August 17, 2009
Scientists find cells responsible for bladder cancer’s spread
Powerful cells are found in same tissue location as bladder stem cells
Using a technique that takes advantage of similarities between tumor and organ growth, Johns Hopkins scientists have tracked down a powerful set of cells in bladder tumors that seem to be primarily responsible for the cancer’s growth and spread. The findings, reported in the July Stem Cells, could help scientists develop new ways of finding and attacking similar cells in other types of cancer.
Researchers have long suspected that a subset of cells in cancerous tumors acts much like developmentally primitive cells known as stem cells, which spur organ development early in life and remain present in nearly all the body’s organs to repair or replace injured and aging tissues. These cancer cells and stem cells share a variety of characteristics, including an unlimited lifespan and a propensity to migrate through tissues.
These same properties are the ones that make cancer particularly dangerous, says David Berman, associate professor of pathology, oncology and urology at the Johns Hopkins School of Medicine. If researchers had a way to identify and specifically target cancer cells with these properties, he says, they could wipe out the population that sustains tumors and makes them grow.
Other scientists have identified proteins on the surfaces of these cancer cells that could work as markers, but because other cells sometimes share these proteins, this approach can lead to errors, Berman says.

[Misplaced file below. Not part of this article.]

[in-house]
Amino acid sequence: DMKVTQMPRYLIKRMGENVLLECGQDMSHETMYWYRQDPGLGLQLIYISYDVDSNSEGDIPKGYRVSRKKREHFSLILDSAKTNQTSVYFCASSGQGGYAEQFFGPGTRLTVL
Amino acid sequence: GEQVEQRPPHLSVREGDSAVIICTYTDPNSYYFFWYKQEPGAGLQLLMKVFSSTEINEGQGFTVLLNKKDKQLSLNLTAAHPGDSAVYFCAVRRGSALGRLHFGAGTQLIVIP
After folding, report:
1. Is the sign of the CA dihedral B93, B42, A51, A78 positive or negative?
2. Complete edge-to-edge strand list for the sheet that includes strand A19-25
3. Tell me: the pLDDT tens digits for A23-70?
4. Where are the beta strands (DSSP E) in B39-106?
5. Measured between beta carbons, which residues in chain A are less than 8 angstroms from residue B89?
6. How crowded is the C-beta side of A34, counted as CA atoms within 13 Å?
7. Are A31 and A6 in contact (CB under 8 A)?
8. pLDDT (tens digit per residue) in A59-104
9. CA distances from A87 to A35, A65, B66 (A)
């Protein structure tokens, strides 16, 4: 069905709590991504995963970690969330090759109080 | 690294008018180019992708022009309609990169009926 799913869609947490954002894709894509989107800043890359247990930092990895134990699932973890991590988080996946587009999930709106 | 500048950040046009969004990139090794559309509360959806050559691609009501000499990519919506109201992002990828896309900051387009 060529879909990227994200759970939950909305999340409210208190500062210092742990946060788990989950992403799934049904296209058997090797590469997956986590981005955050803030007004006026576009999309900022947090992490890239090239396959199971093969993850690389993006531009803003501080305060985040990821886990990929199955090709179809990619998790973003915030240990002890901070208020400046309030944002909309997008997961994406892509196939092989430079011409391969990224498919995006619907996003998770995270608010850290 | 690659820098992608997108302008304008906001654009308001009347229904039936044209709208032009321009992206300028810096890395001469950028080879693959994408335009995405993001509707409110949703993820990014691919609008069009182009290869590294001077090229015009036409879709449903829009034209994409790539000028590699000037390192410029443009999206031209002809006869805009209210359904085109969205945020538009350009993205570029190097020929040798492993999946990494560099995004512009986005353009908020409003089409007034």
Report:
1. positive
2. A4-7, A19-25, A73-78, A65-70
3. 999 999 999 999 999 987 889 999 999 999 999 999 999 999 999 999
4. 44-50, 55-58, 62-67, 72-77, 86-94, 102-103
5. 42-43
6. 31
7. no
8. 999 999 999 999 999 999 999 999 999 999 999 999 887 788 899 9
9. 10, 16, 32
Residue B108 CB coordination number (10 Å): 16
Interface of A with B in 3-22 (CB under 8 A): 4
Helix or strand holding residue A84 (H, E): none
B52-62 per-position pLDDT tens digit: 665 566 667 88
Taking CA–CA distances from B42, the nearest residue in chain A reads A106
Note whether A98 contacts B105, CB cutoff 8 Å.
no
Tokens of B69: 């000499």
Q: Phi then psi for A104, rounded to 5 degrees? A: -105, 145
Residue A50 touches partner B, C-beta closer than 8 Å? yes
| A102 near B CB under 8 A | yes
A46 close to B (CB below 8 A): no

In the new study, led by Berman’s postdoctoral research fellow Xiaobing He, the researchers reasoned that if these stemlike cancer cells behave like healthy stem cells, they might be physically located in the same compartments in tissue where stem cells normally reside. Using a surface protein marker previously identified for healthy bladder stem cells, the Johns Hopkins team searched in sections from 55 human bladder tumors for cells with the same marker. They found that cancer cells displaying the marker were localized in an area at the intersection of two layers of cells known as epithelium and stroma, the place where bladder stem cells are typically located.
Using cancer cell lines grown from other bladder cancer patients, the researchers separated cells displaying the stem cell marker from those without it and injected these two populations into different sets of mice. Mice injected with the cancer cells displaying the marker always grew tumors, but those injected with the other cancer cells rarely did, suggesting that the stemlike cancer cells have an ability to create new tissue much like healthy stem cells do.
When the researchers surveyed both cancer cell populations to see which of their genes were most active, they found that genes with roles that are well-known hallmarks of cancer, such as cell proliferation and metastasis, were significantly more active in the stemlike cells than in the other cancer cells. Genes known to help cancers survive chemotherapy and radiation were also more active in the stemlike cells.
Other researchers who participated in this study are Luigi Marchionni, Wayne Yu, Akshay Sood, Jie Yang, Giovanni Parmigiani and William Matsui, all of Johns Hopkins; and Donna E. Hansel, of the Cleveland Clinic.
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